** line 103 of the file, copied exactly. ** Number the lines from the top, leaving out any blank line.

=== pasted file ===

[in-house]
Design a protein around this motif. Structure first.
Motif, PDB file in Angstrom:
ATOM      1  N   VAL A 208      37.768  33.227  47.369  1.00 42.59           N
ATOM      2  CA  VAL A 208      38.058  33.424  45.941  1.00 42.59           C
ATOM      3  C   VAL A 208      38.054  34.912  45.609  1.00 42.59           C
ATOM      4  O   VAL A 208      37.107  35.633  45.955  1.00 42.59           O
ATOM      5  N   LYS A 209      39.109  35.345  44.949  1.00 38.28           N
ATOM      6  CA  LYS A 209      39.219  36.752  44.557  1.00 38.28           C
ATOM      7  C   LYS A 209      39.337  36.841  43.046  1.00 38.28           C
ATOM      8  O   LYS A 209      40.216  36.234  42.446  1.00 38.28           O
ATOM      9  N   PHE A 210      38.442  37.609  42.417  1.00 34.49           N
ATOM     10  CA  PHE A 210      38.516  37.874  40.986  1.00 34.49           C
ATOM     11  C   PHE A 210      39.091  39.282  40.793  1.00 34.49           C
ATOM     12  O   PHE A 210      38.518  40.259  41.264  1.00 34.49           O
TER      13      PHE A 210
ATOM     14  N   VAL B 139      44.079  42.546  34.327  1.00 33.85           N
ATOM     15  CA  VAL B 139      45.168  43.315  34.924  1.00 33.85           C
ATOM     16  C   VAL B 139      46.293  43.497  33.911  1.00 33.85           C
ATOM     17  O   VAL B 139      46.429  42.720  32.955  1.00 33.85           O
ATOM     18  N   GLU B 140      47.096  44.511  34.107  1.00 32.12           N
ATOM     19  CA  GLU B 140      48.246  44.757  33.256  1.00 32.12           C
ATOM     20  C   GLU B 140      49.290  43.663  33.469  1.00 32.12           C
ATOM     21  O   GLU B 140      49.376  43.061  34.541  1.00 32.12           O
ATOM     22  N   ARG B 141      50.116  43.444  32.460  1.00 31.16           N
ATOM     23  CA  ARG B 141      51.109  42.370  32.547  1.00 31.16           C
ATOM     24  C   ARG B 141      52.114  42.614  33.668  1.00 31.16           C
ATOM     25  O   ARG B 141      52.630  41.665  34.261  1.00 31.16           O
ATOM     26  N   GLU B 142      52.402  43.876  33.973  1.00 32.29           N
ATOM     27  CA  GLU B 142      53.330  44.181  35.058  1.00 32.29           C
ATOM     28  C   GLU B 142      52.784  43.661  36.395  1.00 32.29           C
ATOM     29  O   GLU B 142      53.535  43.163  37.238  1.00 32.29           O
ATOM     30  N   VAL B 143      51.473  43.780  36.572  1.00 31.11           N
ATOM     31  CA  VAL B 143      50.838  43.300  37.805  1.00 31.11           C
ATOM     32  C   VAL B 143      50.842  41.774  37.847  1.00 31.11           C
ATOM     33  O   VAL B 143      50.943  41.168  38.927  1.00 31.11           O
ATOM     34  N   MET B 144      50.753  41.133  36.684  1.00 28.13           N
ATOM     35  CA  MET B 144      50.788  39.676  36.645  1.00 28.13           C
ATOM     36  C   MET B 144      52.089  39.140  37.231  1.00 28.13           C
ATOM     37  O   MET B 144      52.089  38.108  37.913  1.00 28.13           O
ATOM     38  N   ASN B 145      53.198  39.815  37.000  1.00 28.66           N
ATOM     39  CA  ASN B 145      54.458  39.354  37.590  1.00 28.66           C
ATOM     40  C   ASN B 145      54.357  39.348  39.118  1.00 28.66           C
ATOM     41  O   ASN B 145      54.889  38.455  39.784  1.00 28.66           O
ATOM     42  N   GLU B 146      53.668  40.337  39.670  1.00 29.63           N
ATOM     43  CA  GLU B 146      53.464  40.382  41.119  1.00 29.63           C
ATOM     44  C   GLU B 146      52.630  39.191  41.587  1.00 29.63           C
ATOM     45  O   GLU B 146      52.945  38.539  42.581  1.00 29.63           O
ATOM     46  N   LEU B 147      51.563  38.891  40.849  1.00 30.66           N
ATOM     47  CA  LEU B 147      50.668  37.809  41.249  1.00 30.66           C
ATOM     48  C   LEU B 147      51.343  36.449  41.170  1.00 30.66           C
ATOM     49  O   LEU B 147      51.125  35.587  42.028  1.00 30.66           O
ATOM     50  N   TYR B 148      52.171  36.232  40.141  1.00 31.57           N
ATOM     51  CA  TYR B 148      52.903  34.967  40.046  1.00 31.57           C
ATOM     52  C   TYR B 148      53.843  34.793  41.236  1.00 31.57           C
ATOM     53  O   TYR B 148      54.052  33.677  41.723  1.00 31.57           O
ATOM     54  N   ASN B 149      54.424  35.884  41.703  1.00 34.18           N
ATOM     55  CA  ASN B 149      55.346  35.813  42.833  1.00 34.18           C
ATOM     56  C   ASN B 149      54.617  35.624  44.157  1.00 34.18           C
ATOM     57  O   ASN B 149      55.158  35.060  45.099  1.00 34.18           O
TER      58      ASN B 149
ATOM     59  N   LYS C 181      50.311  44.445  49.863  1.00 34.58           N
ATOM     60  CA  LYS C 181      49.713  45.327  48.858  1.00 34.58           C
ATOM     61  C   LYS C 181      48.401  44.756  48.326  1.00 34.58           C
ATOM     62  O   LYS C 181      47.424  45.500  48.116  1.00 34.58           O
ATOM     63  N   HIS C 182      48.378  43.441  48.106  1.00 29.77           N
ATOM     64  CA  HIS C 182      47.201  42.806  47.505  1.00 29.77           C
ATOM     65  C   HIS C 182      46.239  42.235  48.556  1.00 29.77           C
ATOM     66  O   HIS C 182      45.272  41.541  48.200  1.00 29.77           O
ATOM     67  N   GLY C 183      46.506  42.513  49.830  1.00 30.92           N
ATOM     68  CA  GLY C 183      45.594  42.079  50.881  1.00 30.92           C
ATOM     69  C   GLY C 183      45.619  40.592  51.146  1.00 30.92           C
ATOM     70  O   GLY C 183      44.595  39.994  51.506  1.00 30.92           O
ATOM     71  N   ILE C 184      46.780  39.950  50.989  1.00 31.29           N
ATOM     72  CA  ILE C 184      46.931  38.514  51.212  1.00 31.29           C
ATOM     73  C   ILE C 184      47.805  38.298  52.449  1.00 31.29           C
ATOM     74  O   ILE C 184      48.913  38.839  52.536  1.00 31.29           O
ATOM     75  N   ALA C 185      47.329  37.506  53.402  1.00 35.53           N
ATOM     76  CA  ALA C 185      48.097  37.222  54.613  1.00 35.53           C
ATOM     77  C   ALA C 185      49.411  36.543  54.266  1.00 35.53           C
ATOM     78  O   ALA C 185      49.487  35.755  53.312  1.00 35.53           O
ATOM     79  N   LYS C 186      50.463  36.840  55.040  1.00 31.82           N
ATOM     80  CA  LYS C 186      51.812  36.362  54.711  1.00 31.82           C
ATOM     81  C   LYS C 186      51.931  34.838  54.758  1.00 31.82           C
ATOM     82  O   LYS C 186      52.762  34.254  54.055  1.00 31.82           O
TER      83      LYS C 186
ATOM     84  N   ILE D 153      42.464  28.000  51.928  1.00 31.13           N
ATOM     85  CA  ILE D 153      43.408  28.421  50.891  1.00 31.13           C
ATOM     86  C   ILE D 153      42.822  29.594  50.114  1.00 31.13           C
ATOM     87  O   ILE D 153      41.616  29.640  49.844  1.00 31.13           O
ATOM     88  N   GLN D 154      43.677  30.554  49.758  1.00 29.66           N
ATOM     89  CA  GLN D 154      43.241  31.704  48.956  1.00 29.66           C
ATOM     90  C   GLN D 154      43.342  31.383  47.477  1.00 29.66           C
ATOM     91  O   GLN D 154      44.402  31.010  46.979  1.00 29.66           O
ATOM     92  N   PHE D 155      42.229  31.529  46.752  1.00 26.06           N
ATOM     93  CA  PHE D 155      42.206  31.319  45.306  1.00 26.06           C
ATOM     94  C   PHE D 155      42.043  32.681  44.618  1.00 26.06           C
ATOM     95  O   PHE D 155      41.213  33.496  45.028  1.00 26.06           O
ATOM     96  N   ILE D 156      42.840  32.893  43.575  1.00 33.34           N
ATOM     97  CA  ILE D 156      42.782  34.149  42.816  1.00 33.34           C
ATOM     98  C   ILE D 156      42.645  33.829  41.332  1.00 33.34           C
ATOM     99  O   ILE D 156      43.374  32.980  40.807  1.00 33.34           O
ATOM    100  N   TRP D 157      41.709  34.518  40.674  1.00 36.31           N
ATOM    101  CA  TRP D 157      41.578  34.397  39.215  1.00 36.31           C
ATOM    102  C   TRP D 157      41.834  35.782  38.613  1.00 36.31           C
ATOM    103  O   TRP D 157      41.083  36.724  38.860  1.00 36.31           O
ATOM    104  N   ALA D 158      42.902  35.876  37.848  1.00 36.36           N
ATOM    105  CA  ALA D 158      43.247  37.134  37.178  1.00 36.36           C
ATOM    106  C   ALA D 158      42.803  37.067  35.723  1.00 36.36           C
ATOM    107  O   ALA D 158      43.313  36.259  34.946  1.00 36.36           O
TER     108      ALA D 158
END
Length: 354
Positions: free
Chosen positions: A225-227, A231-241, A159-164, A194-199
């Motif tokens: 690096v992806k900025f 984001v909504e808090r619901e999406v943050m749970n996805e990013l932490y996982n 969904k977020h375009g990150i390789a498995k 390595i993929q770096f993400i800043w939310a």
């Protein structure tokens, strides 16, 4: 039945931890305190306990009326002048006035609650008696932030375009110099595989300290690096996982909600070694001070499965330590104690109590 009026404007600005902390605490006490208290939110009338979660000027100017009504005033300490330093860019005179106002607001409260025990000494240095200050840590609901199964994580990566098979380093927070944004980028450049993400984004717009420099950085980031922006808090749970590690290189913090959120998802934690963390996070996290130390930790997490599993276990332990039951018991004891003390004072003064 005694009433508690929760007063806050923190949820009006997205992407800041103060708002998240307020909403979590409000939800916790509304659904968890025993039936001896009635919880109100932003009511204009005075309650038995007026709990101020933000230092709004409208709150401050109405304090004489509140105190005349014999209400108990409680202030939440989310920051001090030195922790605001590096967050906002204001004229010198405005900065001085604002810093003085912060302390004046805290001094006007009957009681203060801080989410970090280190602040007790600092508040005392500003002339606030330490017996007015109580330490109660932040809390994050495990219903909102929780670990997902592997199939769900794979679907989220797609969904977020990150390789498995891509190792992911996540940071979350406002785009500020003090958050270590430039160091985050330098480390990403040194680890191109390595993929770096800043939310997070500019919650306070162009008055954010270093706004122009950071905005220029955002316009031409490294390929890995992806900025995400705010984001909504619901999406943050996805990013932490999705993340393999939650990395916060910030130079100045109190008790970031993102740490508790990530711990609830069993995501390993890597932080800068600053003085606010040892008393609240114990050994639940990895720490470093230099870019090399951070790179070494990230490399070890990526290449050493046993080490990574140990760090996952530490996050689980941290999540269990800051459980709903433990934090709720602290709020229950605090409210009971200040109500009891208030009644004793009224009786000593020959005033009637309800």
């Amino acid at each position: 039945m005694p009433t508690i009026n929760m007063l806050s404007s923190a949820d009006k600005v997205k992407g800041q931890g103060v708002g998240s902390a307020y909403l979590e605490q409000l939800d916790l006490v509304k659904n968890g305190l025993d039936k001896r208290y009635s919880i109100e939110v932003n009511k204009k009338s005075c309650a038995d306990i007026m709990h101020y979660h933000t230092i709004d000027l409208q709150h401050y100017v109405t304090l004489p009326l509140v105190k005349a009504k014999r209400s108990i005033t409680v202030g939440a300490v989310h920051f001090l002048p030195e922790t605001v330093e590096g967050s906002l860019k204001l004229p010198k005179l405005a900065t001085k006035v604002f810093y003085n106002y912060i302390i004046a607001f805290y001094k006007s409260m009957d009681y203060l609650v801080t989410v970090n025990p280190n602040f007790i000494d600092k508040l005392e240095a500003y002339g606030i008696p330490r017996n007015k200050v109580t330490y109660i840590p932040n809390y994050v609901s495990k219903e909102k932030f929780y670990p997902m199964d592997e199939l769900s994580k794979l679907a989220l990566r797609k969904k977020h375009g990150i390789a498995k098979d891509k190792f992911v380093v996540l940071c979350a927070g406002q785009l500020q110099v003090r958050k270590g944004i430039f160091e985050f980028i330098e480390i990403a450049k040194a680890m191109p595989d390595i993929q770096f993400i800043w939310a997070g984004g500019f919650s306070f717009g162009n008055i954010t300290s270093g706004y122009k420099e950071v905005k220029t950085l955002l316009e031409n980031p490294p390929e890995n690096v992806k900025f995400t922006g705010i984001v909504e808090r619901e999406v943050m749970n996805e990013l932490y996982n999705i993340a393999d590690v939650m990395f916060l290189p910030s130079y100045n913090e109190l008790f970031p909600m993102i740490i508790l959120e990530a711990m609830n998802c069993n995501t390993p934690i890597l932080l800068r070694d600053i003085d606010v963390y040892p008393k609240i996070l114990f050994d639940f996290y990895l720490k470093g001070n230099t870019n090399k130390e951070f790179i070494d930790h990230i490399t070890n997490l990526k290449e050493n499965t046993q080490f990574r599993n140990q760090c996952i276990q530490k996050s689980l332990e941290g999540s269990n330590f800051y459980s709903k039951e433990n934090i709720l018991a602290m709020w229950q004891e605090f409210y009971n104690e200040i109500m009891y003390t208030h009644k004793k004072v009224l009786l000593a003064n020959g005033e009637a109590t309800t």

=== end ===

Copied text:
ATOM    100  N   TRP D 157      41.709  34.518  40.674  1.00 36.31           N